When you end the affair, you might get a feeling of withdrawal. Being in an affair is a lot like being addicted to a drug. This means that when you end the affair you will have to go through the uncomfortable experience of withdrawal before you can be clean again.
There are three major emotional symptoms of affair withdrawal: anger, anxiety, and depression. Why you might have these emotions should be fairly self-explanatory at this point.
You can expect to have intense withdrawal symptoms for about three weeks. You may continue to feel some symptoms for up to six months, but they should gradually diminish in intensity and frequency over this time period.
During this time, you are in a vulnerable position. Like an addict, you might be tempted to use your favorite drug again. You might be tempted to contact your lover again to help calm the force of your withdrawal symptoms.
Doing so is a little bit like a heroin addict in recovery who says they are just going to do a little hit to make the pain go away. This is clearly a terrible idea. If you do this, it is likely you will be tempted to start using again, end up back in the affair, and undo all the difficult work you have done up to this point.
Do not, I repeat, do not attempt to contact your lover. This will destroy your relationship.
Instead, reinvest in repairing your relationship. This is liable to be difficult as well, particularly if you have just informed your partner about the affair. If you are talking to your partner at all, it is likely that your communication is negative and difficult. It is unlikely that you will be getting a great deal of positive feedback from your partner at this point and this is bound to make you feel emotionally disconnected. This could worsen your withdrawal symptoms.
If you feel that you have had your needs met in this affair in a way that they haven’t been met in your relationship, there is going to be a time when you need to address those problems with your partner. That time isn’t now. I say this here to help you have hope that you can get what you need out of your relationship and not feel compelled to continue going outside it to fulfill those needs.
“…your book describes exactly what should be done.”
“I think you hit the nail on the head when you said to sort through your emotions instead of asking questions about the affair. I think people don’t know what to do when they are so numb from finding out, but your book describes exactly what should be done.”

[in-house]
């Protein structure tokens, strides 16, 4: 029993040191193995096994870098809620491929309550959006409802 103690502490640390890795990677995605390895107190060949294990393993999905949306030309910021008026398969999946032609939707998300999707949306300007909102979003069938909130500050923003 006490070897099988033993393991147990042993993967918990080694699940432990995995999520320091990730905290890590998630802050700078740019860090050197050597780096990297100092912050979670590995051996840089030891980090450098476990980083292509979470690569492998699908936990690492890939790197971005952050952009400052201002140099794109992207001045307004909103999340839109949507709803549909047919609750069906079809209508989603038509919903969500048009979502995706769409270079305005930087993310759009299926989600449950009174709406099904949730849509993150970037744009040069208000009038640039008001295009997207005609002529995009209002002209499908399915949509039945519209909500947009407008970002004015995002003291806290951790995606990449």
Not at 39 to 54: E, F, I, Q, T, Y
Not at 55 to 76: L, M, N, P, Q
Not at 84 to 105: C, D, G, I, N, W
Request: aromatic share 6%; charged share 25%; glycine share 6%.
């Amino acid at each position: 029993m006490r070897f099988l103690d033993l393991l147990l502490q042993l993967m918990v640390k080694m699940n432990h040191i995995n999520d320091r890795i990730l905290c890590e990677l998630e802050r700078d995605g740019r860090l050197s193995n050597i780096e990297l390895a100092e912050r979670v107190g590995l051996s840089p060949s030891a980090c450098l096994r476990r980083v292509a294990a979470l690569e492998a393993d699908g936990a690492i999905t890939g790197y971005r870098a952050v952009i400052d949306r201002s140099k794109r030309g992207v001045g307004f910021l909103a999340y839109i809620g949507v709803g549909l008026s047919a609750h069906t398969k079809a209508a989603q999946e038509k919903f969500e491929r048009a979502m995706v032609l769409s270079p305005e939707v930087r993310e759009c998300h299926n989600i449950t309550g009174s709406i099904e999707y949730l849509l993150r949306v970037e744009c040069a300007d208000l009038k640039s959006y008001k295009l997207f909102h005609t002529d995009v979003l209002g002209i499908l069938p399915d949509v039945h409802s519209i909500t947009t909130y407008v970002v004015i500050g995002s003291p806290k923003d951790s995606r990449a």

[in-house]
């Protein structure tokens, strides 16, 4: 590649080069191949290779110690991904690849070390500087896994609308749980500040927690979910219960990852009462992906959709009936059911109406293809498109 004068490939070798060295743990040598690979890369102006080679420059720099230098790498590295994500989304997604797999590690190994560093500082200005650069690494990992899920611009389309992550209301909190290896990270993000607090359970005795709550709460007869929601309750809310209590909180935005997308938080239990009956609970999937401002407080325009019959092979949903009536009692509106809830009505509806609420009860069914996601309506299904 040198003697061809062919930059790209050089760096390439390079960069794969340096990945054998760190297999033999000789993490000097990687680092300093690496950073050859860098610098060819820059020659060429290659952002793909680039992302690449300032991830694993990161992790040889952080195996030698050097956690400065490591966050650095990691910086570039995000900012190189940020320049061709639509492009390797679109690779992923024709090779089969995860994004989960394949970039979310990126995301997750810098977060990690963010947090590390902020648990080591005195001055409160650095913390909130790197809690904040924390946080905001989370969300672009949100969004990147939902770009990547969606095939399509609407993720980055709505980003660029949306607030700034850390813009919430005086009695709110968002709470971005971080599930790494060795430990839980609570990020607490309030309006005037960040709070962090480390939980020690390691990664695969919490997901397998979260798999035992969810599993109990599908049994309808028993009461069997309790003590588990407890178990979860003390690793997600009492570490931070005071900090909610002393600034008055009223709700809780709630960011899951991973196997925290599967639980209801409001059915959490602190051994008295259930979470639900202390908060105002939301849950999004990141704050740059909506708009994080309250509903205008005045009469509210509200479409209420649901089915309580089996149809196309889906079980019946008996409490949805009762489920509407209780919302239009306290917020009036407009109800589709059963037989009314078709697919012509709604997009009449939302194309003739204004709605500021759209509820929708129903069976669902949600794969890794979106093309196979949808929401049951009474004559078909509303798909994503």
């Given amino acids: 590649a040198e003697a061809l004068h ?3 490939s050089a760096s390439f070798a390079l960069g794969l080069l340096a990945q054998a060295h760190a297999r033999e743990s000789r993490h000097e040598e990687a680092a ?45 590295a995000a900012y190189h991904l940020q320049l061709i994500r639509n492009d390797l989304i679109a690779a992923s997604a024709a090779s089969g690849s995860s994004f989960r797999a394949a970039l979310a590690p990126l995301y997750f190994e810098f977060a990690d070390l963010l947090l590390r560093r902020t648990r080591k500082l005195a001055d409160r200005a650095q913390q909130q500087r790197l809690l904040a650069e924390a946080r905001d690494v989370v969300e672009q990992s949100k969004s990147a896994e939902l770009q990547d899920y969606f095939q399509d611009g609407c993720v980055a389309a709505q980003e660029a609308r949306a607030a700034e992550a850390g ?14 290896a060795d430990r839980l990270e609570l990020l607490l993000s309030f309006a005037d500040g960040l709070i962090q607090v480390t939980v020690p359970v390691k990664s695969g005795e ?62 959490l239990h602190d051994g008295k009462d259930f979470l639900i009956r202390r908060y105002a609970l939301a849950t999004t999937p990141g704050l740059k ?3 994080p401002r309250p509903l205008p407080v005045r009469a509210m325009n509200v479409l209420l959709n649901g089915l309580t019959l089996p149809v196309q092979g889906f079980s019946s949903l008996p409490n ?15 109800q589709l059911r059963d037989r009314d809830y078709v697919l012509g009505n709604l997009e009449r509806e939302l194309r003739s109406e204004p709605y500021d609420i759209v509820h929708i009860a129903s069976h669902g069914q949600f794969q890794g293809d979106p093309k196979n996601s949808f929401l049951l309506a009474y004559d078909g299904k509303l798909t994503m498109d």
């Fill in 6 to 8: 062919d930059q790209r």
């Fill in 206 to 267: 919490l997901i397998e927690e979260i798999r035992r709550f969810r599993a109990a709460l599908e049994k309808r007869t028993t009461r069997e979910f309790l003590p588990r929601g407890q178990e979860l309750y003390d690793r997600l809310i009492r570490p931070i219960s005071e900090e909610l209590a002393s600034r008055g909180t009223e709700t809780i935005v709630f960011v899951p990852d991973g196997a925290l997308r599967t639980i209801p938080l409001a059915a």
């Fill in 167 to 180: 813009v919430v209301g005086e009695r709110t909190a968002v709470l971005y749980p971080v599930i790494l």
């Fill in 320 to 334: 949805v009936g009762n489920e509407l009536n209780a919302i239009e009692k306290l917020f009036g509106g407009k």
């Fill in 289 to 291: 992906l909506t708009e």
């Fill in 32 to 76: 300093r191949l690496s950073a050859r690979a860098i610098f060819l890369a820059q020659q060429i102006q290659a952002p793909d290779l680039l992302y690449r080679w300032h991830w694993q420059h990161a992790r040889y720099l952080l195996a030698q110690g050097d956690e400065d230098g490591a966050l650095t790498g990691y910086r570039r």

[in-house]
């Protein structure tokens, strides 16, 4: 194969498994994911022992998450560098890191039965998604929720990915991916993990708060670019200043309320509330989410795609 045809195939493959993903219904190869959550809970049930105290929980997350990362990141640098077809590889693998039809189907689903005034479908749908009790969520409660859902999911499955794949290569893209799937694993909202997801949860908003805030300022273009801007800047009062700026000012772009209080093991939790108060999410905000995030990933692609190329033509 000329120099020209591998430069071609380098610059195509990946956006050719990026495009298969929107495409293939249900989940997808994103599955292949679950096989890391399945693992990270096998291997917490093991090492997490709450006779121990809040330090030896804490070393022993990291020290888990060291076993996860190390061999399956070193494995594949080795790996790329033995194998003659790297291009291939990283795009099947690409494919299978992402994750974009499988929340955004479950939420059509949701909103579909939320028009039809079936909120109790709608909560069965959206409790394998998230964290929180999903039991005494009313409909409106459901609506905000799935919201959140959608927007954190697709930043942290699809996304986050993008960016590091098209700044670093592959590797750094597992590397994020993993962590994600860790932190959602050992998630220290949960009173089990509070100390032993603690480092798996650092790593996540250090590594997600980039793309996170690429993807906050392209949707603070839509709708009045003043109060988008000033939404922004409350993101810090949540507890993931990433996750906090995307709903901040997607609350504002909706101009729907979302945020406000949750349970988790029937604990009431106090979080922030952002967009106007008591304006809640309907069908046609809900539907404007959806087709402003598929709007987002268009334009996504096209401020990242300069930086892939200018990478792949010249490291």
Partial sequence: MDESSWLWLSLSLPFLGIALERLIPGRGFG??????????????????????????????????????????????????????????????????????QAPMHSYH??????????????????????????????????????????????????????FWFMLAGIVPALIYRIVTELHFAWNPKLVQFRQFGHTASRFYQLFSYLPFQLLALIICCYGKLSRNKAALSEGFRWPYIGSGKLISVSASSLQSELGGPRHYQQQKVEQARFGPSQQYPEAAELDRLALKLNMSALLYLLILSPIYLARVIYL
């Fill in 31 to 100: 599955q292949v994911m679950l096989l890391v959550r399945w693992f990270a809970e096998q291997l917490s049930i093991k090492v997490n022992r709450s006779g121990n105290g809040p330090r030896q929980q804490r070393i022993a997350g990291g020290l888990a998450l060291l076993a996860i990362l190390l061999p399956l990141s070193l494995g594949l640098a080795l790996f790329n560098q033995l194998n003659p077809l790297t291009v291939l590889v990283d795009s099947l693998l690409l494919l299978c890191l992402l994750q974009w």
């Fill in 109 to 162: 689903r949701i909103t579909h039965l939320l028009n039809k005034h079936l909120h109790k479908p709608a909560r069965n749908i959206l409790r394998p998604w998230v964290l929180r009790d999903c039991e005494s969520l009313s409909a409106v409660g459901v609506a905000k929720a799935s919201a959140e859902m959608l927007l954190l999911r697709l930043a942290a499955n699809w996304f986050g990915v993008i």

Remember that you are going through this painful time for a reason: you want to heal your relationship. You can look at this difficult period as a necessary step to straightening out the mess you have made of your relationship. Like an addict, there may be a period of time in which you suffer. Going through that is the first step to putting your life back on the right course.
Keep in mind that when you maintain the course of recovery through this rough period, the reward is a relationship that is better than you ever dreamed. Use the strategies you have learned up to this point to overcome your negative feelings, and hang tight in your determination to rebuild your relationship. Your efforts will pay off.
None of this will be easy. You will likely face quite a lot of emotional difficulty when you end the affair. Nonetheless, it is necessary to face this pain in order to restore your relationship.
Dr. Frank Gunzburg is a licensed marriage counselor in Maryland and has been specializing is helping couples restore their marriage for over 30 years. He is also the author of How to Survive an Affair, a step-by-step healing system that can help a couple repair their relationship after it has been shattered from an affair.
If your relationship has been damaged by an affair and you would like a step-by-step system for repairing your relationship, then please visit Dr. Gunzburg’s site for more information: http://www.surviveanaffair.com